Isn’t it a great time of year? The days grow longer and warmer, local ice-cream shacks open for business and kids can play outside without dressing in so much fleece that their bodily features disappear. It’s time to resume outdoor activities, breathe fresh air and have fun as a family.
After the long northern New England winter, we’re all saying, “Thank goodness!” (If it seems to you like I’m writing these words rather late in the year: I am. In fact, as I write this, we’re experiencing our first warm, sunny day in, um, I can’t even remember.) Here and everywhere, it’s tempting to release the hounds–uh, kids–into the spring air for some much-needed outdoor playtime. But as I was reminded yesterday, a brief reminder of family outdoor play rules might be in order first.
Now, as I’ve blogged before, I pretty much live in Norman Rockwell-land. By way of example, my family’s favorite spot for ice cream is a barn located on a rural farm complete with animals, a proprietor we know by name, a sand pile, corn mazes in fall and more. My kids know this place as well as our own property. Since each child turned five years of age, I’ve generally given him or her free reign when we go. Both kids know my rules as well as the farm’s, and they respect them. Usually.
But over the winter, it seems nine-year-old “Jack” forgot a safety rule: Never play hide-and-seek with Mommy or Daddy without telling us first–especially in public.
Jack has a longstanding weakness for hide-and-seek. He’s like a gambling addict at a craps table; if he spots a hospitable environment, he just can’t resist. This predilection has gotten him into trouble before. On one heart-stopping occasion nearly four years ago, his game ended in a stern lecture from two uniformed police officers.
After that episode, we reinforced the police officers’ explanation about why it’s never appropriate to hide from Mommy or Daddy without letting us know: “Because there are bad people in the world–bad people who might hurt you. If we can’t find you, we will be afraid a bad person took you. That’s not fun, it’s scary. In fact, for a Mommy or Daddy, it’s just about the scariest thing there is.”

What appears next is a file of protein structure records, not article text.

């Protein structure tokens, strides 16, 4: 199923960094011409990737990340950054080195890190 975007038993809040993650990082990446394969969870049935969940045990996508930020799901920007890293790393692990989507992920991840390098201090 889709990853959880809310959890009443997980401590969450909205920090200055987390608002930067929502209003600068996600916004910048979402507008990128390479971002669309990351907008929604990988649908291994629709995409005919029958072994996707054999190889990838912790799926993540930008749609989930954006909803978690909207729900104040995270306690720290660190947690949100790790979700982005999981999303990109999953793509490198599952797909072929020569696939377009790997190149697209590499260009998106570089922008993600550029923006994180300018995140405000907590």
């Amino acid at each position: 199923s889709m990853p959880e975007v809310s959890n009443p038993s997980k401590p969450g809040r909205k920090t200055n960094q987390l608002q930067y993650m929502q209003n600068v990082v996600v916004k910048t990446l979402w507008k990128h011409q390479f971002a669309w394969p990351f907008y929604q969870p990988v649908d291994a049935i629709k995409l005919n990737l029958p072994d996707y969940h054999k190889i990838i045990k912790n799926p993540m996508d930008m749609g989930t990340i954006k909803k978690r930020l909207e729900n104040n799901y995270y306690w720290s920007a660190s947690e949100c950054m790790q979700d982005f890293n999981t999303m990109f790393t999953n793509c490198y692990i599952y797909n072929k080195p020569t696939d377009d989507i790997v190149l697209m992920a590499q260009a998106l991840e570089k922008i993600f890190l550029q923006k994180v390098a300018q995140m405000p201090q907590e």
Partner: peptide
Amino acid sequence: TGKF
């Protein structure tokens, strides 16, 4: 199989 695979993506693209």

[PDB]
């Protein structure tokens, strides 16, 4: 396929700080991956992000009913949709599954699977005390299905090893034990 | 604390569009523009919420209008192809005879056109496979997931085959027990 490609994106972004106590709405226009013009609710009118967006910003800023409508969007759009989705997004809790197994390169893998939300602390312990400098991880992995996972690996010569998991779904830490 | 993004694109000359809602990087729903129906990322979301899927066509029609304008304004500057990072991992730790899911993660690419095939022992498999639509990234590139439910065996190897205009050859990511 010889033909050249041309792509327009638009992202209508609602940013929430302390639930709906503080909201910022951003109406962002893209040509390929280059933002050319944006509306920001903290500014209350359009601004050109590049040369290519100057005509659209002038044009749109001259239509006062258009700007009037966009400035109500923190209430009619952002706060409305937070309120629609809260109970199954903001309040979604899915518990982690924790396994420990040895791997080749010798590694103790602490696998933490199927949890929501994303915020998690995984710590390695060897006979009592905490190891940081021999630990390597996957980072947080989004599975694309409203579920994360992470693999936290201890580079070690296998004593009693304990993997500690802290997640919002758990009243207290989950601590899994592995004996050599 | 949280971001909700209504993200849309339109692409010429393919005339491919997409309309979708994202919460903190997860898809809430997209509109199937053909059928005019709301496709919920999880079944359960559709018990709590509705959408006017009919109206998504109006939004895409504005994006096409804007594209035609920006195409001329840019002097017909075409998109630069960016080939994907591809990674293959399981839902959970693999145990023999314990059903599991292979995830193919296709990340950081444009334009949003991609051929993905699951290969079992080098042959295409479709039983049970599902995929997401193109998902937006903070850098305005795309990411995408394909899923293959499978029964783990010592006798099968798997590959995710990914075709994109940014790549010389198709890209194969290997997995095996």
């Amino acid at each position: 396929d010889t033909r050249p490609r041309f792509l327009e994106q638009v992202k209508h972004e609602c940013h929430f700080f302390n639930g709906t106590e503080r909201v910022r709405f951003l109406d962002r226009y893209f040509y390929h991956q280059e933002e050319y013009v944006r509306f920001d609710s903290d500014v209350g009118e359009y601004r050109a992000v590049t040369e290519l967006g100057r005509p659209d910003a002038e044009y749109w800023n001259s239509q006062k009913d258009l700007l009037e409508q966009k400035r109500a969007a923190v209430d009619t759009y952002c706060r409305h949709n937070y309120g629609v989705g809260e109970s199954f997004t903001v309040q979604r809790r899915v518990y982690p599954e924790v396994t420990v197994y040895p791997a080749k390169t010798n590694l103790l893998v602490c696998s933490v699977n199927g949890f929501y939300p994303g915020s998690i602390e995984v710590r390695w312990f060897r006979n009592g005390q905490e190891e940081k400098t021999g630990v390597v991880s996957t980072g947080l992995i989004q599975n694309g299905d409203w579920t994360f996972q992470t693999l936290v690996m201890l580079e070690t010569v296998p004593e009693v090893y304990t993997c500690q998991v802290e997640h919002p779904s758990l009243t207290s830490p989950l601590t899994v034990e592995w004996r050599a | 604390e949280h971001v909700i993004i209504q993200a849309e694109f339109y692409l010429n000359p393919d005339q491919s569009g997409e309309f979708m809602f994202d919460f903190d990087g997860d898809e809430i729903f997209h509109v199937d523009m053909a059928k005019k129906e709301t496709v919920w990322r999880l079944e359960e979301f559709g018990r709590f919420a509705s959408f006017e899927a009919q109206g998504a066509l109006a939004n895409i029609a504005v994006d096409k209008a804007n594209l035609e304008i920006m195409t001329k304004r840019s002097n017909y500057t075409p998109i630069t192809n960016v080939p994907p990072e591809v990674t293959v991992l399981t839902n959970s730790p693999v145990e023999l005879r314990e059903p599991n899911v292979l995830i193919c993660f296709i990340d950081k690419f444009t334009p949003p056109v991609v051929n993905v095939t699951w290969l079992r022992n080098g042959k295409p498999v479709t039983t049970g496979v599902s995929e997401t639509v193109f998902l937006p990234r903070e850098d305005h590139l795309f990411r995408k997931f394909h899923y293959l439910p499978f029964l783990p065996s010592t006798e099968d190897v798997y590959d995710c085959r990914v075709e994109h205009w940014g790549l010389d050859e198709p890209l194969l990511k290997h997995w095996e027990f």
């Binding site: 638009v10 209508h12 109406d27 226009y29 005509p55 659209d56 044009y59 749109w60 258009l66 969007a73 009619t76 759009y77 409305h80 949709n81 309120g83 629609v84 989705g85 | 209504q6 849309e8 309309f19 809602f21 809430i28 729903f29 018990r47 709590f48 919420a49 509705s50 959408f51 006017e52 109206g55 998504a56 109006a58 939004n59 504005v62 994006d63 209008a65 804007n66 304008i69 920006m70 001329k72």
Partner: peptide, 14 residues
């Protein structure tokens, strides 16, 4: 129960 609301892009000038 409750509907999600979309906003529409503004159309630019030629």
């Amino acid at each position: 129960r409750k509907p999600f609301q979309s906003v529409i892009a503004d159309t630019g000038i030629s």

Jack saw how terrified I was the night I called the police. He saw my shortened breaths, my shaking body, heard me run through the house and listened to my panicked voice over the phone. (The rascal.) That experience stayed with him for a long time.
But yesterday, at the farm, Jack disappeared on me. It was time to leave, and six-year-old “Emmie” and I couldn’t find him.
The farm is a pretty safe place. I took account of everyone in attendance at the time: two moms with young kids; two families, also with young kids; a youth group; and a bus load of seniors citizens. All probably innocuous. Besides, knowing Jack as I do, I had a pretty good idea that he’d simply succumbed to his weakness. Even so, as the minutes wore on, that spot in my maternal brain reserved for thinking the worst began to flash blinking red.
Then I spotted him, sneaking behind outbuildings in the hope that Emmie and I wouldn’t see him. I squeezed Emmie’s hand tightly. “Emmie, let’s go to the car.”
“We’re not going to leave Jack here?” She’d seen Jack, too, and was horrified that I could be that mad at him.
“No,” I admitted. “But right now I’d like to.”
When Jack saw us standing beside the minivan, he was only disappointed that we’d spotted him. Apparently, he’d forgotten all about the hide-and-seek rule and his lesson from four years earlier.
Naturally, the car didn’t move until I treated both children to a lecture. Actually, it was more of a Socratic lesson, with both kids filling in the answers once they saw how serious I was.
I know, to some of you I may seem like something of a hard*ss. Look, I’ve got nothing against a good game of hide-and-seek. But the game has got to be announced in advance. Kids, you do not pretend to be missing. Ever. You have to tell your parents what’s going on. And parents, now’s the time for a reminder.
Remind everybody of the rules, then get out there and have fun!